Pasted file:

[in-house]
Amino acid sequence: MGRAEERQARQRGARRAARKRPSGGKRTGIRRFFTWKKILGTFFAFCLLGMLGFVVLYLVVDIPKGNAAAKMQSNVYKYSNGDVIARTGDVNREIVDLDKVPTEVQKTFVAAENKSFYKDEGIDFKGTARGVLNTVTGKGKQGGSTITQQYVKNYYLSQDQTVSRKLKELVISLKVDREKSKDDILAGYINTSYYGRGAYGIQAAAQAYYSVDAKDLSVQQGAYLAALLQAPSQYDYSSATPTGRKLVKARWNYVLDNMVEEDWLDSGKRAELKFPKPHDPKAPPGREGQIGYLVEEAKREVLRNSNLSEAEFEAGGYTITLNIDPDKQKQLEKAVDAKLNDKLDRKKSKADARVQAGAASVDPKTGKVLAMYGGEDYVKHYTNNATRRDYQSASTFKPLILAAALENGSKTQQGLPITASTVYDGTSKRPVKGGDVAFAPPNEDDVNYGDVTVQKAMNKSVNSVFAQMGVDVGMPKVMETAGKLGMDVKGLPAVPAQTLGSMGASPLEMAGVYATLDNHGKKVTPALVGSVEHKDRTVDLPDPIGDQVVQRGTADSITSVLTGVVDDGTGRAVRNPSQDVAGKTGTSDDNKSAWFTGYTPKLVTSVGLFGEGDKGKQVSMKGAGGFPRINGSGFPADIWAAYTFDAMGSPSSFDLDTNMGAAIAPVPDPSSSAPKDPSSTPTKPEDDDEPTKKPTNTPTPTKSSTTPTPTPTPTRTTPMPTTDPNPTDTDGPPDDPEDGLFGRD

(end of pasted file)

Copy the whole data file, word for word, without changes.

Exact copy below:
[in-house]
Amino acid sequence: MGRAEERQARQRGARRAARKRPSGGKRTGIRRFFTWKKILGTFFAFCLLGMLGFVVLYLVVDIPKGNAAAKMQSNVYKYSNGDVIARTGDVNREIVDLDKVPTEVQKTFVAAENKSFYKDEGIDFKGTARGVLNTVTGKGKQGGSTITQQYVKNYYLSQDQTVSRKLKELVISLKVDREKSKDDILAGYINTSYYGRGAYGIQAAAQAYYSVDAKDLSVQQGAYLAALLQAPSQYDYSSATPTGRKLVKARWNYVLDNMVEEDWLDSGKRAELKFPKPHDPKAPPGREGQIGYLVEEAKREVLRNSNLSEAEFEAGGYTITLNIDPDKQKQLEKAVDAKLNDKLDRKKSKADARVQAGAASVDPKTGKVLAMYGGEDYVKHYTNNATRRDYQSASTFKPLILAAALENGSKTQQGLPITASTVYDGTSKRPVKGGDVAFAPPNEDDVNYGDVTVQKAMNKSVNSVFAQMGVDVGMPKVMETAGKLGMDVKGLPAVPAQTLGSMGASPLEMAGVYATLDNHGKKVTPALVGSVEHKDRTVDLPDPIGDQVVQRGTADSITSVLTGVVDDGTGRAVRNPSQDVAGKTGTSDDNKSAWFTGYTPKLVTSVGLFGEGDKGKQVSMKGAGGFPRINGSGFPADIWAAYTFDAMGSPSSFDLDTNMGAAIAPVPDPSSSAPKDPSSTPTKPEDDDEPTKKPTNTPTPTKSSTTPTPTPTPTRTTPMPTTDPNPTDTDGPPDDPEDGLFGRD